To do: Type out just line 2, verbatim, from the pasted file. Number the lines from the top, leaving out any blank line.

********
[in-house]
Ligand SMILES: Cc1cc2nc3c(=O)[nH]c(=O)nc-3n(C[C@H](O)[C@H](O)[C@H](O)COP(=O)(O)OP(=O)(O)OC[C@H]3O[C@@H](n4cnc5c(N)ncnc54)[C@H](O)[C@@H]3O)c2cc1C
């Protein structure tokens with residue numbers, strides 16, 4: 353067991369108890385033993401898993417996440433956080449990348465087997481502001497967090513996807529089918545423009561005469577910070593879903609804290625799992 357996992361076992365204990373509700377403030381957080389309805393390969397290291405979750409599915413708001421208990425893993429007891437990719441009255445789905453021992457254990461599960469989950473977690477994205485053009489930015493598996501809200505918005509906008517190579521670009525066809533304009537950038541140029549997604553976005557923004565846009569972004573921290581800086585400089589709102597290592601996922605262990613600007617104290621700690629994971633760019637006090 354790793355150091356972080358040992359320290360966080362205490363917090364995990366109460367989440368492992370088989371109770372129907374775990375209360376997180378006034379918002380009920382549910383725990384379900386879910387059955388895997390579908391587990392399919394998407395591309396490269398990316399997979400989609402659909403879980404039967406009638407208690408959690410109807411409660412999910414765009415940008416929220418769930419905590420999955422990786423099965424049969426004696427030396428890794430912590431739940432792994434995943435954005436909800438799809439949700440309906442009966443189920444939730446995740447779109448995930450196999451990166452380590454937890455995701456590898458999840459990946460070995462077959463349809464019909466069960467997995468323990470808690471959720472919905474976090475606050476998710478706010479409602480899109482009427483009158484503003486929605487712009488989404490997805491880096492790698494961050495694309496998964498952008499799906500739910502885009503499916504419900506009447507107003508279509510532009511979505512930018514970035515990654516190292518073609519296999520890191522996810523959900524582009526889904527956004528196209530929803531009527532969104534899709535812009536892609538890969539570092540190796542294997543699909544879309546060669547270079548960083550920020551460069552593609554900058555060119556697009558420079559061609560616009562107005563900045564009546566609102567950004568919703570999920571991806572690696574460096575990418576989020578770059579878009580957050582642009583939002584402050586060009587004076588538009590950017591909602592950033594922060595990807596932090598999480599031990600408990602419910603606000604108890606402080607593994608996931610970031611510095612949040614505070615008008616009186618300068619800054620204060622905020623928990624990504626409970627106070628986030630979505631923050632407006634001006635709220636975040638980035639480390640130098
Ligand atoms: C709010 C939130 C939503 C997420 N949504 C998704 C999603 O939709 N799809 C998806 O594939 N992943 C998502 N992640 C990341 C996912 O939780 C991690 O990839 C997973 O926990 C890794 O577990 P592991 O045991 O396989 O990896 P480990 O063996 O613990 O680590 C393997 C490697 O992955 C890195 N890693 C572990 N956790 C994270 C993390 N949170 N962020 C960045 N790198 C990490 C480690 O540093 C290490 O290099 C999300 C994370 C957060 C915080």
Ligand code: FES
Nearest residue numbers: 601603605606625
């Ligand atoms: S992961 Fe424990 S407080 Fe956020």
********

Ligand SMILES: Cc1cc2nc3c(=O)[nH]c(=O)nc-3n(C[C@H](O)[C@H](O)[C@H](O)COP(=O)(O)OP(=O)(O)OC[C@H]3O[C@@H](n4cnc5c(N)ncnc54)[C@H](O)[C@@H]3O)c2cc1C